What Are The Best Types Of Music For Concentration?

Photo: Armin Rimoldi

Anyone who is into music will know how influential it can be, and it is widely accepted that music can help with study and concentration. Although the type of music that works depends on the audience, there are a few golden rules you can follow to ensure you get the right effect from your music. Below are a few important rules and effective tips surrounding which different types of music and genres work best when you are concentrating.

3 important rules on selecting music for concentration

Whether you are looking for music to listen to in the office, or music to help you revise for your exams, there are a few things to look out for when it comes to making a music selection that will help boost your concentration:

  1. Avoid music with too many words, anything that will catch your ear and make you want to listen hard to hear the lyrics or sing along is sure to cause distraction.
  1. Don’t play music too loud. Music can be great for blocking out other distracting sounds, but that doesn’t mean you need to play it at full volume. For best results keep it low and play it through noise cancelling earphones or headphones.
  1. Listen to music that is not your absolute favourite or that you absolutely hate. Music can bring back powerful memories. So, try to avoid music that you have a strong emotional attachment to.

Types of music for studying that might work for you


If you’re wondering, ‘does music help with studying?’ and whether it can help improve concentration, then research on classical music suggests that it does! A study at Stanford University in 2007 showed that classical was the top genre of music effective for improved concentration. Finding the exact instrumental that works for you depends on your own preferences. A good place to start for many is classical music like Bach, Beethoven and Mozart. If those don’t work for you, why not look into some more contemporary artists like Philip Glass and Ludovico Einaudi.


For electronic music fans, you might want to start by trying a few ambient electronic, hip hop or low fi artists like Brian Eno or DJ Shadow. If you start to feel an energy dip, mix it up with some house, techno or other faster-paced dance music from the likes of Faithless, Leon Vynehall or Nina Kraviz.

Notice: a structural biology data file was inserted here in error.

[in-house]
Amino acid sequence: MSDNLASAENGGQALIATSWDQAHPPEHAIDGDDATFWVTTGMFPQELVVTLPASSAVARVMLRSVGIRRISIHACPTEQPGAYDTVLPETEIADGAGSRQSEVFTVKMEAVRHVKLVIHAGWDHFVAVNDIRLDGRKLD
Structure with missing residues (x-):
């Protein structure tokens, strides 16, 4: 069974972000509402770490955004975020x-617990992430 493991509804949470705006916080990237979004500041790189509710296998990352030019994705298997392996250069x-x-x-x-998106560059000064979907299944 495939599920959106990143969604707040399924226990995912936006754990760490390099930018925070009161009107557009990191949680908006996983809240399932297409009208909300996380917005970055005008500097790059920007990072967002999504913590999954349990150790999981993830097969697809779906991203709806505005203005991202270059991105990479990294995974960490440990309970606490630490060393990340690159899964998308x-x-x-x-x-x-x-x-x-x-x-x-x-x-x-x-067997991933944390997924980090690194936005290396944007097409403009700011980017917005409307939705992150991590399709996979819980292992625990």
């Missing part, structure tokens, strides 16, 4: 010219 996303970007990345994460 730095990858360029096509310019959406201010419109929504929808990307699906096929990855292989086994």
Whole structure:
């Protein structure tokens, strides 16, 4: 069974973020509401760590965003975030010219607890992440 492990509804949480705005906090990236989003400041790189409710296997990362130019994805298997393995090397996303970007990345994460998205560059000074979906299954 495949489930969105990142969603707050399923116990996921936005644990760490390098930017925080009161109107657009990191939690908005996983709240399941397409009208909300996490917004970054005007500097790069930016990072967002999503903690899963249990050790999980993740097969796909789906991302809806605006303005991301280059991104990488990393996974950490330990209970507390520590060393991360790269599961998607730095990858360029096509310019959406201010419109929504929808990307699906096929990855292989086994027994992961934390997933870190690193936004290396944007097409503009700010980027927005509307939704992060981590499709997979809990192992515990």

Single instrument instrumentals

Another good option, is just to choose your favourite instrument and search for the best instrumentalists that focus on using it. One example could be Spanish guitar music for guitar-lovers as these melodic, upbeat rhythms can be great for keeping you going without causing distraction.


Most music lovers have a special place in their heart for at least one type of jazz music. When it comes to jazz music for concentration, what works best for you will depend on your personal preferences. However, smooth, melodic, calming jazz records are the best place to start. Those lengthy jam-style jazz tracks will keep your brain calm and, with a certain amount of random notes and chord changes thrown in, you can stay active and engaged in your work for far longer.

Progressive rock

While progressive rock like Pink Floyd, Led Zeppelin and Jefferson Airplane can be too distractingly psychedelic to help some people study, artists like these have a huge catalogue of music. So, before you dismiss all of your dad’s old 60s records, why not try a few out and see if it helps you? The long track-lengths, flowing instrumentals and uplifting, ambient sounds of some of these classic tunes could be ideal for your music for studying playlist.

Movie soundtracks

If you are still struggling to find the perfect music for helping you concentrate better, you could also try listening to your favourite film scores. Since most of these are likely to be instrumentals, they can be perfect for smooth listening that is not too distracting. Whether that’s Lord Of The Rings, Star Wars or classic movie-score artists like Hans Zimmer, there are a tonne of great genres to choose from when digging through your movie collection.